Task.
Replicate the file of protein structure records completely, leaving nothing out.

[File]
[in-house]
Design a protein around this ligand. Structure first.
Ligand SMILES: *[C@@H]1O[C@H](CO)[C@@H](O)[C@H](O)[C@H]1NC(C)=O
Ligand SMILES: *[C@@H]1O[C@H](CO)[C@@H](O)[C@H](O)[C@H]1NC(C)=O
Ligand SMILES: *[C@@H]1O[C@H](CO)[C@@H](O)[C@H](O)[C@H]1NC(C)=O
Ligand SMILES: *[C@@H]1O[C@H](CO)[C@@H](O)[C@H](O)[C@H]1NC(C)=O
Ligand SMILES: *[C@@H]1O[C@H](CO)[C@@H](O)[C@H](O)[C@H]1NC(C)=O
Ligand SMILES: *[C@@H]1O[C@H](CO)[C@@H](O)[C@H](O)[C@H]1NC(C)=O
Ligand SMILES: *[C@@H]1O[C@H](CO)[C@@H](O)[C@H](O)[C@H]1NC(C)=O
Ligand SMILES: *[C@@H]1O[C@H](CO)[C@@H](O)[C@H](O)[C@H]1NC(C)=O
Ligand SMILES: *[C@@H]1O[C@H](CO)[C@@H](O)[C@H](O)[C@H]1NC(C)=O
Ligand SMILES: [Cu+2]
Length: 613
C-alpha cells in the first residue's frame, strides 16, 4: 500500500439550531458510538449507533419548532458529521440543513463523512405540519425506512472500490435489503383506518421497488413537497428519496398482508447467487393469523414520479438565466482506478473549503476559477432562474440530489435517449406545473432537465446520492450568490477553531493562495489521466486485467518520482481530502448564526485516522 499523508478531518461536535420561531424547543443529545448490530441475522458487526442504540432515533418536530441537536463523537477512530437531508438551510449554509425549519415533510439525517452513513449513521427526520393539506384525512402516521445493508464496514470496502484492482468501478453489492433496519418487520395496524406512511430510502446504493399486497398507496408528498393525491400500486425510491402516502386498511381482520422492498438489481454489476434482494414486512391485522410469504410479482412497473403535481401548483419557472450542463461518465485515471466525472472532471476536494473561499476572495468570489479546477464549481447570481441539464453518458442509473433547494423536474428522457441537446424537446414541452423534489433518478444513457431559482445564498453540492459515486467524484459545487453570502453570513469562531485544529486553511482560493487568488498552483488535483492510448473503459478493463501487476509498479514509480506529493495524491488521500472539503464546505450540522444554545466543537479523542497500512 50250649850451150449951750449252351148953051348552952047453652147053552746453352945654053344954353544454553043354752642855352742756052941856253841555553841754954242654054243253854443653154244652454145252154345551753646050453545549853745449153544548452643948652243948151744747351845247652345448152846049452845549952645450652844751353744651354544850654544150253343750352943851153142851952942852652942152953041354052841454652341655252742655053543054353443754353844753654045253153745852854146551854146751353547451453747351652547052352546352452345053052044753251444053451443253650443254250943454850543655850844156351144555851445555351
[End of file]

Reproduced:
[in-house]
Design a protein around this ligand. Structure first.
Ligand SMILES: *[C@@H]1O[C@H](CO)[C@@H](O)[C@H](O)[C@H]1NC(C)=O
Ligand SMILES: *[C@@H]1O[C@H](CO)[C@@H](O)[C@H](O)[C@H]1NC(C)=O
Ligand SMILES: *[C@@H]1O[C@H](CO)[C@@H](O)[C@H](O)[C@H]1NC(C)=O
Ligand SMILES: *[C@@H]1O[C@H](CO)[C@@H](O)[C@H](O)[C@H]1NC(C)=O
Ligand SMILES: *[C@@H]1O[C@H](CO)[C@@H](O)[C@H](O)[C@H]1NC(C)=O
Ligand SMILES: *[C@@H]1O[C@H](CO)[C@@H](O)[C@H](O)[C@H]1NC(C)=O
Ligand SMILES: *[C@@H]1O[C@H](CO)[C@@H](O)[C@H](O)[C@H]1NC(C)=O
Ligand SMILES: *[C@@H]1O[C@H](CO)[C@@H](O)[C@H](O)[C@H]1NC(C)=O
Ligand SMILES: *[C@@H]1O[C@H](CO)[C@@H](O)[C@H](O)[C@H]1NC(C)=O
Ligand SMILES: [Cu+2]
Length: 613
C-alpha cells in the first residue's frame, strides 16, 4: 500500500439550531458510538449507533419548532458529521440543513463523512405540519425506512472500490435489503383506518421497488413537497428519496398482508447467487393469523414520479438565466482506478473549503476559477432562474440530489435517449406545473432537465446520492450568490477553531493562495489521466486485467518520482481530502448564526485516522 499523508478531518461536535420561531424547543443529545448490530441475522458487526442504540432515533418536530441537536463523537477512530437531508438551510449554509425549519415533510439525517452513513449513521427526520393539506384525512402516521445493508464496514470496502484492482468501478453489492433496519418487520395496524406512511430510502446504493399486497398507496408528498393525491400500486425510491402516502386498511381482520422492498438489481454489476434482494414486512391485522410469504410479482412497473403535481401548483419557472450542463461518465485515471466525472472532471476536494473561499476572495468570489479546477464549481447570481441539464453518458442509473433547494423536474428522457441537446424537446414541452423534489433518478444513457431559482445564498453540492459515486467524484459545487453570502453570513469562531485544529486553511482560493487568488498552483488535483492510448473503459478493463501487476509498479514509480506529493495524491488521500472539503464546505450540522444554545466543537479523542497500512 50250649850451150449951750449252351148953051348552952047453652147053552746453352945654053344954353544454553043354752642855352742756052941856253841555553841754954242654054243253854443653154244652454145252154345551753646050453545549853745449153544548452643948652243948151744747351845247652345448152846049452845549952645450652844751353744651354544850654544150253343750352943851153142851952942852652942152953041354052841454652341655252742655053543054353443754353844753654045253153745852854146551854146751353547451453747351652547052352546352452345053052044753251444053451443253650443254250943454850543655850844156351144555851445555351